I am happy to read this post as well and I am not offended at all. I have been in nursing most of my adult life- that means a long time. I can remember being taught not to wear gloves while giving an enema because it makes the patient feel dirty (haha.) I have seen Drs throw things at nurses also and have seen the nurse having to apologize for making the Dr so mad (or get fired.) Evidence based medicine is not just a buzz word that doesn't mean anything. It is the way to practice and many many nurses refuse to embrace it. Why you do something shouldn't be because you were taught that way or because it is hospital policy. Every nurse who thinks they are a professional (and they all should) should know how to find evidence for their practice decisions. I have taught many classes on advanced nursing and can hardly get people to participate. First thing they ask is "Is this required?'

    Let's not be offended by this article. Let us thoughtfully read it and be inspired to bring nursing up to the next level. If someone tells you you have a tail you can laugh at them but if enough people telll you- you need to get a full length mirror.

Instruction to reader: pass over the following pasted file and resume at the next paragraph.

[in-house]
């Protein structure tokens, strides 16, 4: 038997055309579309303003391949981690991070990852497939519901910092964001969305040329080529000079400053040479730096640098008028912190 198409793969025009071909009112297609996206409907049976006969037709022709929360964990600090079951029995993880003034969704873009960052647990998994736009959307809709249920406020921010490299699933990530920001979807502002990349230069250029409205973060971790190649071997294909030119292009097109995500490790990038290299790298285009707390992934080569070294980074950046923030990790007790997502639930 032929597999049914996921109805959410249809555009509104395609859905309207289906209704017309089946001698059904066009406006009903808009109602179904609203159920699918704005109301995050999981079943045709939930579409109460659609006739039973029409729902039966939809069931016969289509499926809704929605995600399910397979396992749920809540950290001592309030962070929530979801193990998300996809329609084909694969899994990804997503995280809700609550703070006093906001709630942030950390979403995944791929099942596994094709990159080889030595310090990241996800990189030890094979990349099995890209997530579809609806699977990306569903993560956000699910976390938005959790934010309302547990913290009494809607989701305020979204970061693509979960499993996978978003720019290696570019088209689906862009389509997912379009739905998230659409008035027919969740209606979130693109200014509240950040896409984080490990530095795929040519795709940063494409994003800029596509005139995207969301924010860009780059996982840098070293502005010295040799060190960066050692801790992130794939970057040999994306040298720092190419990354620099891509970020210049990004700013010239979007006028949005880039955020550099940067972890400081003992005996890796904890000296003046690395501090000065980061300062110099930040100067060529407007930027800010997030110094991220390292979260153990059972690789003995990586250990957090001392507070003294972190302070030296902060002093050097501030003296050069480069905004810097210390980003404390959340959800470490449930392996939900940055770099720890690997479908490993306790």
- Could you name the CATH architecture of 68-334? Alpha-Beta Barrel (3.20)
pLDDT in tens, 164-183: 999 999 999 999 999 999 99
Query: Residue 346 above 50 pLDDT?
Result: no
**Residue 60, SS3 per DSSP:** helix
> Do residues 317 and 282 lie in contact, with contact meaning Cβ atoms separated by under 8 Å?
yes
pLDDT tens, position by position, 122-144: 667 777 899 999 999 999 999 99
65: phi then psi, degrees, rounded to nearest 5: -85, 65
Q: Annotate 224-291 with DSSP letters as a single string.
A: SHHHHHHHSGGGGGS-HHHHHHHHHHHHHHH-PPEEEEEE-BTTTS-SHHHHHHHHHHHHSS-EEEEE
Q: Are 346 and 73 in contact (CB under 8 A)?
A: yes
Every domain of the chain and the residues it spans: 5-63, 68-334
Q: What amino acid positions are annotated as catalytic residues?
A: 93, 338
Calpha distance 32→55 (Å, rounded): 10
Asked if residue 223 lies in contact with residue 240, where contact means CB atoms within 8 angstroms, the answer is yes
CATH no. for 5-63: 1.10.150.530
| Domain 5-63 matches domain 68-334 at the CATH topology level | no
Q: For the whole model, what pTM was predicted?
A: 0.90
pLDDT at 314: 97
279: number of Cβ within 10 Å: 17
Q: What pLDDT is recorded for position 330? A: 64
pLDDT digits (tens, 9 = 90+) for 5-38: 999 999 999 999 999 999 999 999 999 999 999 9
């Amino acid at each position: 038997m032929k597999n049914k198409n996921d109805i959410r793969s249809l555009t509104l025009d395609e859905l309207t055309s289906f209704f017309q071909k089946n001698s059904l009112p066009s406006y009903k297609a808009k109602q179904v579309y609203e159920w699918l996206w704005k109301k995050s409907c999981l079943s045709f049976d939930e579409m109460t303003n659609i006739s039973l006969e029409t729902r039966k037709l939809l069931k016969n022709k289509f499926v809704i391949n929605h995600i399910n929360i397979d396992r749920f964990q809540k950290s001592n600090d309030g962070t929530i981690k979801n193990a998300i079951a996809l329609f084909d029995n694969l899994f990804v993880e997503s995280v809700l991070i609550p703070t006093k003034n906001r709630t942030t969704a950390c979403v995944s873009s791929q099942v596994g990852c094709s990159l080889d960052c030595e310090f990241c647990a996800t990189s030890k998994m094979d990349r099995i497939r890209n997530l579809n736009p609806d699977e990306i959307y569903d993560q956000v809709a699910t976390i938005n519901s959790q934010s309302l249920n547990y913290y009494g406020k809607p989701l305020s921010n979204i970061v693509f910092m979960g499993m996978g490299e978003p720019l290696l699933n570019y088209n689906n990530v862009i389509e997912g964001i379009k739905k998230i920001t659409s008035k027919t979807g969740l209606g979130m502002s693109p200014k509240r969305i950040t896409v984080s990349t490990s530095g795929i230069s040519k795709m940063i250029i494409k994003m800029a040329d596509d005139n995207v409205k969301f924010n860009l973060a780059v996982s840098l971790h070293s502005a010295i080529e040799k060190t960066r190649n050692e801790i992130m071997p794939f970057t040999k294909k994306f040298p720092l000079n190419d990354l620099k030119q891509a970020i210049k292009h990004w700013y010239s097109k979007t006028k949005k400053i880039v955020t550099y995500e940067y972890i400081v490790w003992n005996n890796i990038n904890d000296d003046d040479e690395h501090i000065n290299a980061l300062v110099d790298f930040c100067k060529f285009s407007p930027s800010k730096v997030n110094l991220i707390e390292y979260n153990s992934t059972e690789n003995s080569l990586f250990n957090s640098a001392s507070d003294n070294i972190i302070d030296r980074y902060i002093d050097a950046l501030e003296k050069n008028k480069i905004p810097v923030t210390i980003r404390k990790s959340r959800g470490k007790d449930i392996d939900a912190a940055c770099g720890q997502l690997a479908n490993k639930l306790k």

Does anyone knoe what a PICO question is? (It is THE way research is done.) Has anyone heard of the Institute of Medicine report about the Future of Nursing (published in 2010?)Medicine (AMA) had a response the next day- most nurses I have spoken to have never heard of it.How about the Robert Woods Johnson recommendations for the future of nursing? Please be informed- not just opinionated.

    And River Nurse- I'm so happy you stayed. We need you and nurses like you.
    Last edit by TheCommuter on Sep 13, '12 : Reason: quotation blocks
    OldPhatMC, SteveBuck, RNgrrl09, and 4 others like this.
  4. Visit  Szasz_is_Right profile page
    2
    Quote from neverbethesame